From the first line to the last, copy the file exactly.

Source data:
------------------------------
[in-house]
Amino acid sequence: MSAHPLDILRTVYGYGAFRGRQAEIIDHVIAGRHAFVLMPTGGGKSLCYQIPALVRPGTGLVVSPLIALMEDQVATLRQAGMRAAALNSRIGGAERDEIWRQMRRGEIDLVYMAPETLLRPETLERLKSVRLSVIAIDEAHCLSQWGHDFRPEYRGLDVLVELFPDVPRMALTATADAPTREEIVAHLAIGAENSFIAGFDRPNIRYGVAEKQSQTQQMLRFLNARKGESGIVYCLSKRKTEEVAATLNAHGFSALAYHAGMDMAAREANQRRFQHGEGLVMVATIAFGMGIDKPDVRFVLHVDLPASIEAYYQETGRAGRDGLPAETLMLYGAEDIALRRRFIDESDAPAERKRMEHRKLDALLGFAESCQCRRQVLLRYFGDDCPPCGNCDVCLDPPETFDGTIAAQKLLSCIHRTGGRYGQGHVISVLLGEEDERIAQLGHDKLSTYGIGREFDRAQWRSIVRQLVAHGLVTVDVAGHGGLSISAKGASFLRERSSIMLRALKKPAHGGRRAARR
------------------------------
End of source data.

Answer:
[in-house]
Amino acid sequence: MSAHPLDILRTVYGYGAFRGRQAEIIDHVIAGRHAFVLMPTGGGKSLCYQIPALVRPGTGLVVSPLIALMEDQVATLRQAGMRAAALNSRIGGAERDEIWRQMRRGEIDLVYMAPETLLRPETLERLKSVRLSVIAIDEAHCLSQWGHDFRPEYRGLDVLVELFPDVPRMALTATADAPTREEIVAHLAIGAENSFIAGFDRPNIRYGVAEKQSQTQQMLRFLNARKGESGIVYCLSKRKTEEVAATLNAHGFSALAYHAGMDMAAREANQRRFQHGEGLVMVATIAFGMGIDKPDVRFVLHVDLPASIEAYYQETGRAGRDGLPAETLMLYGAEDIALRRRFIDESDAPAERKRMEHRKLDALLGFAESCQCRRQVLLRYFGDDCPPCGNCDVCLDPPETFDGTIAAQKLLSCIHRTGGRYGQGHVISVLLGEEDERIAQLGHDKLSTYGIGREFDRAQWRSIVRQLVAHGLVTVDVAGHGGLSISAKGASFLRERSSIMLRALKKPAHGGRRAARR